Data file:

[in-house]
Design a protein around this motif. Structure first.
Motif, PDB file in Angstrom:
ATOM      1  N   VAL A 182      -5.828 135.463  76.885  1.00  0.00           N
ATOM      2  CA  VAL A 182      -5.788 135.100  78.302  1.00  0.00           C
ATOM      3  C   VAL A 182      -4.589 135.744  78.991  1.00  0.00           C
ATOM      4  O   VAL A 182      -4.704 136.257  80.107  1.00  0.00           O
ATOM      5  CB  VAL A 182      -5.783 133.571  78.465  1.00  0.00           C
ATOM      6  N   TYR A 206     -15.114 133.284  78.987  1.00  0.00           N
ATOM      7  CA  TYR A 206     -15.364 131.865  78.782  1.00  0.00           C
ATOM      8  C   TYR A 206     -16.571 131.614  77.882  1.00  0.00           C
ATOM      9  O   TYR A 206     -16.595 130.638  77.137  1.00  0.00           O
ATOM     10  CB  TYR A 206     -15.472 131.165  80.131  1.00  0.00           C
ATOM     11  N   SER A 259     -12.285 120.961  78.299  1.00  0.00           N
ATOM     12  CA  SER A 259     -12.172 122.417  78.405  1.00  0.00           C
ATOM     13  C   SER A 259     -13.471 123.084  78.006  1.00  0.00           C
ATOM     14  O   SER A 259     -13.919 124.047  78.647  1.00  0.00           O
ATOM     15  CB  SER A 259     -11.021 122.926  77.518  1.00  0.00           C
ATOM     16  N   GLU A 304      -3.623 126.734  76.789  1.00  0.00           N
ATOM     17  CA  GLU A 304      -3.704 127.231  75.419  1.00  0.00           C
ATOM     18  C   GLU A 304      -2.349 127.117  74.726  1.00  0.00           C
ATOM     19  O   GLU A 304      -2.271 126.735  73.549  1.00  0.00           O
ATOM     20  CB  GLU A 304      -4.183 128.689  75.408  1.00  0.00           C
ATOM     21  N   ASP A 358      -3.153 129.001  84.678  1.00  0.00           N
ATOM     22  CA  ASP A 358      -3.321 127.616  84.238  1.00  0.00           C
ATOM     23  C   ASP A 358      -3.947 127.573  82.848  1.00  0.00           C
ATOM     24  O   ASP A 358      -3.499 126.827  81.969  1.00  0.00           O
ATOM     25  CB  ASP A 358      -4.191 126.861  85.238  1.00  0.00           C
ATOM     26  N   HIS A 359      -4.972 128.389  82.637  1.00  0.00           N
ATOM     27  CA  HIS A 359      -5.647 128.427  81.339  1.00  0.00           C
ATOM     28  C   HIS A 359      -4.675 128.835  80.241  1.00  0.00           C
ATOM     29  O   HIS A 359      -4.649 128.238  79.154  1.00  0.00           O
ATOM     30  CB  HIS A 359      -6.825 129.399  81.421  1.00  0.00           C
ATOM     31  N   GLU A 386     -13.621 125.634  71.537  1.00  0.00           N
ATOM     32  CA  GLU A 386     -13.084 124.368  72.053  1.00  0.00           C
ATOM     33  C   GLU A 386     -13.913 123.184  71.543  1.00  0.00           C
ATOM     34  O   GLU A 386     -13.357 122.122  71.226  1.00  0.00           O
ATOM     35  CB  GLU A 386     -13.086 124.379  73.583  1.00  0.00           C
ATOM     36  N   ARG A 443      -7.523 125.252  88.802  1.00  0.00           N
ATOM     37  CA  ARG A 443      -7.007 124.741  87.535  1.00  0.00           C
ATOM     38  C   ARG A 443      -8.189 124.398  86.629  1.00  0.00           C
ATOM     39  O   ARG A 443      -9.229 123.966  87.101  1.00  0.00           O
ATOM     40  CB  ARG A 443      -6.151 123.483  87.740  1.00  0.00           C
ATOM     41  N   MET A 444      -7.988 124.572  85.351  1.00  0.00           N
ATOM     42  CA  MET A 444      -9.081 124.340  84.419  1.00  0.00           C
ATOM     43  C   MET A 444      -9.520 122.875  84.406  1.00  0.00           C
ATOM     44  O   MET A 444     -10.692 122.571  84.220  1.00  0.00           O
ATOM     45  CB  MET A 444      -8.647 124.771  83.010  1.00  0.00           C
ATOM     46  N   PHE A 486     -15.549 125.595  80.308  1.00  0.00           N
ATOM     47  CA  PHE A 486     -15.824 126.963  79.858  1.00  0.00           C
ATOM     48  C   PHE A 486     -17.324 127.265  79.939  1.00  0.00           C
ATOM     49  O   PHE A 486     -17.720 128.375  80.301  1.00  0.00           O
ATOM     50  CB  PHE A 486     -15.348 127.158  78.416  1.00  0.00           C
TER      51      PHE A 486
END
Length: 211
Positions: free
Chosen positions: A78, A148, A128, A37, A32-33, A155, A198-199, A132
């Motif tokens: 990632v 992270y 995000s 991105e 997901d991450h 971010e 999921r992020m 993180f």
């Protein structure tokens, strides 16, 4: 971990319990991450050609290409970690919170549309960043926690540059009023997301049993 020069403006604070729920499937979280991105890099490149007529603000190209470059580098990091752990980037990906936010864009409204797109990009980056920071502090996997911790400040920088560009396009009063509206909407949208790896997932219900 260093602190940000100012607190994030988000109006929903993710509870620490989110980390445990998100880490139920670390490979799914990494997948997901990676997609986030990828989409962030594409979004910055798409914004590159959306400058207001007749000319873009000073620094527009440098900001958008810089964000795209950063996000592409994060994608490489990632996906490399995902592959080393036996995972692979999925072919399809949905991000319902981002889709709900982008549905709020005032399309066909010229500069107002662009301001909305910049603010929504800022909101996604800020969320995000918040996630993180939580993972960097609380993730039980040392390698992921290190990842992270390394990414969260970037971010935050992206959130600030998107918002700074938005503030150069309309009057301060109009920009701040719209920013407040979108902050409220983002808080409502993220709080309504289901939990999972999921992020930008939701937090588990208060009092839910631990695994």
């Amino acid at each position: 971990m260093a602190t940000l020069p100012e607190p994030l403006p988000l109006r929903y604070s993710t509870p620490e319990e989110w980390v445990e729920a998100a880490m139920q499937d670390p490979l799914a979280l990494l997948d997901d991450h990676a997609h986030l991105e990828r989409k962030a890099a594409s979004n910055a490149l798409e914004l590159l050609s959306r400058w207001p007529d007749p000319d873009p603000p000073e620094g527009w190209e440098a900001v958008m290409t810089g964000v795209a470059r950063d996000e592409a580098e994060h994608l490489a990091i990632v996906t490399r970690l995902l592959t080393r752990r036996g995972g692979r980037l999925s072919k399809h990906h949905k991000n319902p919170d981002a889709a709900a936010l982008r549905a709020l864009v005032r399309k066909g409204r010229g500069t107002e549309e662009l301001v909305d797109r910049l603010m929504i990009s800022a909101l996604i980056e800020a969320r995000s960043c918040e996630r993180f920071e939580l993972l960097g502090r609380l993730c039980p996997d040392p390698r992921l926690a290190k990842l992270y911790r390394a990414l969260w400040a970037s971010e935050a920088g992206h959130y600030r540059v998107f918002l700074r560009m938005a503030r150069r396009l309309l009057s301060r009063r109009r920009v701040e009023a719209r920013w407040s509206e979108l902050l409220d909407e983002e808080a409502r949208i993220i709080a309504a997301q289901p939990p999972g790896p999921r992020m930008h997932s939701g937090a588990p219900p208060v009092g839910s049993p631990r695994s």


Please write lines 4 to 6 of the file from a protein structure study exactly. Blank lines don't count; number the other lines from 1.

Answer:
ATOM      1  N   VAL A 182      -5.828 135.463  76.885  1.00  0.00           N
ATOM      2  CA  VAL A 182      -5.788 135.100  78.302  1.00  0.00           C
ATOM      3  C   VAL A 182      -4.589 135.744  78.991  1.00  0.00           C